But while the International Monetary Fund MD might be disappointed about that, she can at least be reassured that the IMF won’t lose any money as a result of last night’s deal. The entire €12bn or so hit will be absorbed by European governments, since they recognise that to allow the IMF to lose any money would cripple the credibility of the institution entirely.
Because the IMF won’t lose anything, that means Britain’s contribution to the bail-out is also safe. It will receive all its interest repayments precisely as was always agreed.
Anyway, when you run through all of the above it’s hard to escape the conclusion that what was agreed last night was a kind of stealth debt forgiveness.
Greece is so deeply mired in the credit quagmire, and so trapped in a depression worse than the Great Depression, that, eventually, its lenders will probably have to go the whole hog and write off principle amounts of debt. But for the time being, the best they can do is to subtly reduce the interest and maturity element of what’s owed.
The subtlety is necessary here because to have completely forgiven the debt ahead of the German election would have been political suicide for Angela Merkel.
And, on balance, you have to say that what was agreed last night was, at least, a step in the right direction. As I’ve written before, at some point Greece’s enormous debts will have to be written off – whether through agreement or default. The sooner Europe faces up to that, the better.read more
“The best central banker in the world” – The Economist on Alan Greenspan, 2000
“The outstanding central banker of his generation” – George Osborne on Mark Carney, 2012
Is anyone else out there taken aback by the almost universal adulation of Mark Carney, the incoming Bank of England Governor?
I’m not suggesting Carney isn’t worth the money or effort that’s gone into his recruitment. There’s no doubt the Canadian financial system performed well during the crisis. No bank was bailed out; the country recovered its pre-crisis peak faster than any other major developed economy.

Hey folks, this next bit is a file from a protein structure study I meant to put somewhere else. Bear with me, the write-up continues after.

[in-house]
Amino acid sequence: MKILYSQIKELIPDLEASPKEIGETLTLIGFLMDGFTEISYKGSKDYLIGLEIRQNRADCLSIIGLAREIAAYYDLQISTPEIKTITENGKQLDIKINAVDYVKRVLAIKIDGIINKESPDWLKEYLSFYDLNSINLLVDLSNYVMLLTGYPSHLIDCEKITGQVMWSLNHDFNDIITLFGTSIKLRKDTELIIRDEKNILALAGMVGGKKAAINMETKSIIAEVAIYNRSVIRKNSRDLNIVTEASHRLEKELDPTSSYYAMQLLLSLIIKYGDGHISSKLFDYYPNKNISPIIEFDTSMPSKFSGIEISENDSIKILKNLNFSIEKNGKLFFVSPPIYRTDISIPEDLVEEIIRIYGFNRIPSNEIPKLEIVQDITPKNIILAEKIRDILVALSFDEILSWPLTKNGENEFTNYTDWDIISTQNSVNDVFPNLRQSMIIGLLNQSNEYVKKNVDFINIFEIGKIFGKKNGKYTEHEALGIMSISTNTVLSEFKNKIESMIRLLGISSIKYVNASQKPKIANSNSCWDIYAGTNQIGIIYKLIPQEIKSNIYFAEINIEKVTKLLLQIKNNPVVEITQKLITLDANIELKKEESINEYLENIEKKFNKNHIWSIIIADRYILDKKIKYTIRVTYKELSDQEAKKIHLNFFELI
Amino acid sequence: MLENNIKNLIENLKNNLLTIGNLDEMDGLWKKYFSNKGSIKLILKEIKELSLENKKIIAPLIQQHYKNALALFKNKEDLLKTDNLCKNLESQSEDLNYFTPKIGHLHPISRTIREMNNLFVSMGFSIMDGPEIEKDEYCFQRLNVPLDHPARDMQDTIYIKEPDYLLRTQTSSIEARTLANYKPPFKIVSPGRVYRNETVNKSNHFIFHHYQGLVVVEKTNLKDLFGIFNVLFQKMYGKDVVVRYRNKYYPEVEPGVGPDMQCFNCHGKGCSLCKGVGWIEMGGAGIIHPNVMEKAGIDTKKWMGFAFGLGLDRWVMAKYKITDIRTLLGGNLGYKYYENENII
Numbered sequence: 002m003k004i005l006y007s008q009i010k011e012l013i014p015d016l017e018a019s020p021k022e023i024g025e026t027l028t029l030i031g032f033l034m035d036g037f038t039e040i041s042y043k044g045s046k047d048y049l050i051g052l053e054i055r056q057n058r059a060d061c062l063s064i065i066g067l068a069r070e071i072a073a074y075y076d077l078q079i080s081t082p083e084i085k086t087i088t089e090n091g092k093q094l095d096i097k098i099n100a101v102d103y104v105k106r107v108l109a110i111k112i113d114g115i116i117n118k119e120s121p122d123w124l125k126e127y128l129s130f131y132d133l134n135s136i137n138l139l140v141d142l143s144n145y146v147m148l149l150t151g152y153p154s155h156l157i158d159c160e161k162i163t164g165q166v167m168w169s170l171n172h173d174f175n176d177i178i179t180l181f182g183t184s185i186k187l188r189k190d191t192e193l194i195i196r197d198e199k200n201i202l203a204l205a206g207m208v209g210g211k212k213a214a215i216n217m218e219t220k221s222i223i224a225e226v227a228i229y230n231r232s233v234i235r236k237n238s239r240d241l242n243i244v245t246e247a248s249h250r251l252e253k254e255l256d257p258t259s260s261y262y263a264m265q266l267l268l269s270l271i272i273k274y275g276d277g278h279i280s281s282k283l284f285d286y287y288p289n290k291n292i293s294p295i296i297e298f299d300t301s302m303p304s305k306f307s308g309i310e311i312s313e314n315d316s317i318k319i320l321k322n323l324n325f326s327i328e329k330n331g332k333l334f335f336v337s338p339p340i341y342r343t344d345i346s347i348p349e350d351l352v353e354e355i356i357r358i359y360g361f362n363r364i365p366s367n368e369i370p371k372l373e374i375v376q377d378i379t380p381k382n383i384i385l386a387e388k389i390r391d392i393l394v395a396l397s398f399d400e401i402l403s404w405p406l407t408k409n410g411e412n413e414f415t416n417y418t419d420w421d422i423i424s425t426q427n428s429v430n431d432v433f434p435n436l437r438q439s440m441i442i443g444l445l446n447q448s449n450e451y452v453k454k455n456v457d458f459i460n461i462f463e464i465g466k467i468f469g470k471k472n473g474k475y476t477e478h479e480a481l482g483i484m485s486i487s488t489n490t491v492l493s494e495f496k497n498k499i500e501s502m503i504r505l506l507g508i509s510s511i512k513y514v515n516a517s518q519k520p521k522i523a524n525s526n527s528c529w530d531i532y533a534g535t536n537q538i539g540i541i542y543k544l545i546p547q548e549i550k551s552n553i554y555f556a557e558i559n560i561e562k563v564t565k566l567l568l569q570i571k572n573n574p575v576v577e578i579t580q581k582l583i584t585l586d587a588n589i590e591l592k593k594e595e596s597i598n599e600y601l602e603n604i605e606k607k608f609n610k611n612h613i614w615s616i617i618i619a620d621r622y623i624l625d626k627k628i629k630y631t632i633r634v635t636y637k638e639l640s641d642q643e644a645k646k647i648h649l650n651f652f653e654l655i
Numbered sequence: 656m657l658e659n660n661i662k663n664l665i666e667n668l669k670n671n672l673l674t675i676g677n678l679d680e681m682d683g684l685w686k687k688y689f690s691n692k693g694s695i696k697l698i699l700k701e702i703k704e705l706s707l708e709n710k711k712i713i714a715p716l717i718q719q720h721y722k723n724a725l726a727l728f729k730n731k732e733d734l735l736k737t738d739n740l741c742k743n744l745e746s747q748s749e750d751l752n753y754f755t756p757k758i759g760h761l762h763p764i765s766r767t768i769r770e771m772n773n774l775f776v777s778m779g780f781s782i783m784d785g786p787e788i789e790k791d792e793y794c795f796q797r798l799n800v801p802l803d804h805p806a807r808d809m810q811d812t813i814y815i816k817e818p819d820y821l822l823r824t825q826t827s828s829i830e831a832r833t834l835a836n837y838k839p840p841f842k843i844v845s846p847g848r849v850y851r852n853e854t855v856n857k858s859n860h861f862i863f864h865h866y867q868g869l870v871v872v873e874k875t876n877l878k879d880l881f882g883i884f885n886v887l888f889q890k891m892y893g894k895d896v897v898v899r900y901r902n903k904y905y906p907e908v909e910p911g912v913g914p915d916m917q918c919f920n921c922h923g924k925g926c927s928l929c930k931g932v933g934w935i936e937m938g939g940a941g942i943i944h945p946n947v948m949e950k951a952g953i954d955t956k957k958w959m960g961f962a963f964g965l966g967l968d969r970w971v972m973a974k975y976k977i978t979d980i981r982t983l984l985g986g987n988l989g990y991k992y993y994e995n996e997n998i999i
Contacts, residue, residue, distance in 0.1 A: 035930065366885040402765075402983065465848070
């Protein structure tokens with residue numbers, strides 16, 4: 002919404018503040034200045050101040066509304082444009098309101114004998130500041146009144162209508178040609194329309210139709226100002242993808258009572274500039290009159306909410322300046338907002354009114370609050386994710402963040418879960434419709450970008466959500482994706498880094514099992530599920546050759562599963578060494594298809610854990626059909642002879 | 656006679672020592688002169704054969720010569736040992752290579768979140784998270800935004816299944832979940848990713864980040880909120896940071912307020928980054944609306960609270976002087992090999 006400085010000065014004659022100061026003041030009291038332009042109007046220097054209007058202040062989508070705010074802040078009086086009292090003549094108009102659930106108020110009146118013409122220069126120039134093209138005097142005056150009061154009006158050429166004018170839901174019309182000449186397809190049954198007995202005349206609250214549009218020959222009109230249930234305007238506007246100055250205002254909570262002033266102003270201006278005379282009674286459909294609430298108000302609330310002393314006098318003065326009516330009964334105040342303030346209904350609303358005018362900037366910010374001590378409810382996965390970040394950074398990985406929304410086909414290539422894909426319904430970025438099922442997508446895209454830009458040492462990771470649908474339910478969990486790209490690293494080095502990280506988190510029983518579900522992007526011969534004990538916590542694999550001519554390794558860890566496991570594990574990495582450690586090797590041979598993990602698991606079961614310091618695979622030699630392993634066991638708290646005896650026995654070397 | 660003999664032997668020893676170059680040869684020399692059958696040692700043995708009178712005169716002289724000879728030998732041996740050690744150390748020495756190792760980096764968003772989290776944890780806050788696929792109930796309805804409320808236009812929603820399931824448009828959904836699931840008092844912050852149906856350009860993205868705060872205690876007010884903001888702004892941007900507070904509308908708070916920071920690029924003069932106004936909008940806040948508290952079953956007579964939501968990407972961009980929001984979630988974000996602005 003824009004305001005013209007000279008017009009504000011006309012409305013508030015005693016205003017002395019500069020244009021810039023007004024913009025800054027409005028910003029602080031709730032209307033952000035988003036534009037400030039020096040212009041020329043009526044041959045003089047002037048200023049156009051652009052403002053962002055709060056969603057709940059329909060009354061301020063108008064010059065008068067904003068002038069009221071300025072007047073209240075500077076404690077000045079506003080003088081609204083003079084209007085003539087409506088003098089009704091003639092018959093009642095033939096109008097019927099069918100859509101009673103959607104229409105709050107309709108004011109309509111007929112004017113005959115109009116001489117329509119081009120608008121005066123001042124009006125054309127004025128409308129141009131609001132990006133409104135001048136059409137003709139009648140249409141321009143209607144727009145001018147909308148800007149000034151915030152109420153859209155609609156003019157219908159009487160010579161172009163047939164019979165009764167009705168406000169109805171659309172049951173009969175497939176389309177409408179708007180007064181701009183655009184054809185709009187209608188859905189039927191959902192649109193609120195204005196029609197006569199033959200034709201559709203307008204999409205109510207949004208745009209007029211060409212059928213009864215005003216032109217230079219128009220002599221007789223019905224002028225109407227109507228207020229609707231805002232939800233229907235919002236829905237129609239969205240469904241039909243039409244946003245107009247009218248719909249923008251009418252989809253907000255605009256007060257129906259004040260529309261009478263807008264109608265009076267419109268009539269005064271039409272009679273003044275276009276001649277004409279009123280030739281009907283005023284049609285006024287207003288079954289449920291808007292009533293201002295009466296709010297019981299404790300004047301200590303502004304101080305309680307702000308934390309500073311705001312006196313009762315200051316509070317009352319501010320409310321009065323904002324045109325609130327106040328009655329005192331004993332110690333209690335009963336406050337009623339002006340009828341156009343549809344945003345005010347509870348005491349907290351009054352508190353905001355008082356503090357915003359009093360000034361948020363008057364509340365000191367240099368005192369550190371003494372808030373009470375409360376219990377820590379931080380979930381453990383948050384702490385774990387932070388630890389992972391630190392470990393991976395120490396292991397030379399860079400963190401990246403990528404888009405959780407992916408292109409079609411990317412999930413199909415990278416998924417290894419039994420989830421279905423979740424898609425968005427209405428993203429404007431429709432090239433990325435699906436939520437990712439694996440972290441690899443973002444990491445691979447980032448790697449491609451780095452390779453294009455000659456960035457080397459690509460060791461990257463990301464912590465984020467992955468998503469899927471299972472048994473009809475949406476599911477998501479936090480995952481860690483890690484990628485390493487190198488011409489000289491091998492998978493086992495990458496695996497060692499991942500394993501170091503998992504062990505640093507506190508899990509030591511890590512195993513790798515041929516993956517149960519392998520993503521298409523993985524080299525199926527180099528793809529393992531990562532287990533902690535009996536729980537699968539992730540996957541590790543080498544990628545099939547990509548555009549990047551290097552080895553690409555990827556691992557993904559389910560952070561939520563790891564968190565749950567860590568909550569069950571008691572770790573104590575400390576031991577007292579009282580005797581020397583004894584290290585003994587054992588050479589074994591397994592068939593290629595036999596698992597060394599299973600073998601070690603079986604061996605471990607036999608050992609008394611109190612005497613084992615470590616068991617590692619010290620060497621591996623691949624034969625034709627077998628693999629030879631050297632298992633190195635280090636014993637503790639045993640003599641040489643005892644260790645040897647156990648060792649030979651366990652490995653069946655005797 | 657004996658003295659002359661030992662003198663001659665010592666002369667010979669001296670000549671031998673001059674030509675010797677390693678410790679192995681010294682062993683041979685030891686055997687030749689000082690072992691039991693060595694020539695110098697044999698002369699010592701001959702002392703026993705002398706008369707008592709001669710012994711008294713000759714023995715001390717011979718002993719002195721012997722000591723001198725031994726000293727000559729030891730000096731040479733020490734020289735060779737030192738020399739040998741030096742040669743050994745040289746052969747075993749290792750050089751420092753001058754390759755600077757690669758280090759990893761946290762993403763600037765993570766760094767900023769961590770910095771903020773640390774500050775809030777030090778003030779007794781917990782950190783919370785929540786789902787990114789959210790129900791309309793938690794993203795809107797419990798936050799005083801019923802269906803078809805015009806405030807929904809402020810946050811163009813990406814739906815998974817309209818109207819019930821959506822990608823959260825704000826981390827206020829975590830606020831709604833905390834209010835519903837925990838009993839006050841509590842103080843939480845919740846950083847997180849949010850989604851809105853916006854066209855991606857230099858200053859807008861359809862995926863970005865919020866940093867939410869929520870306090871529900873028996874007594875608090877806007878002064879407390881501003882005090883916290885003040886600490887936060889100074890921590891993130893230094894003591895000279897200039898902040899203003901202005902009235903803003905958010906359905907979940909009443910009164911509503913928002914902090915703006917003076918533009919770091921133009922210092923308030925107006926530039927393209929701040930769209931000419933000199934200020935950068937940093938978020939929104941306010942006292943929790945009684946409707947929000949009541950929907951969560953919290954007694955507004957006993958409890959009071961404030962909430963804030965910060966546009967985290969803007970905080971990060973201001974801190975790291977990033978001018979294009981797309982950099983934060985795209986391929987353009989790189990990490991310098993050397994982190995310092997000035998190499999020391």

But to lay that at the feet of a single individual – whether explicitly or implicitly – is a foolhardy exercise. Remember the adulation with which Alan Greenspan or Gordon Brown were regarded for their handling of their respective economies until a few years ago?
The reality is that it is rare, to put it mildly, for an individual to have single-handed sway over an entire economic system. They are more often beneficiaries (or victims) of a combination of circumstance and deep-seated systemic features.
Canada’s economic and financial success surely owes something to Mark Carney, to his slightly more intrusive nature of bank regulation, to his clarity on the future level of Canadian interest rates.
But it also owes something to powers beyond his control: the country has long had a culture of sensible banking: back in the Great Depression only a few, small Canadian banks failed. The system is smaller and more manageable than the American or British systems. And the economy has benefited from the commodity boom, just as its fellow Commonwealth nation Australia did.
As I’ve said, the last thing I want to do is to do down Osborne’s achievement in hiring such a highly-rated individual. And that may well benefit the institution of the Bank, which could undoubtedly do with a change of leadership.
But don’t expect him to single-handedly save the UK economy. As we learnt to our cost with Greenspan and Brown, we are far too quick to worship false idols when it comes to economicsread more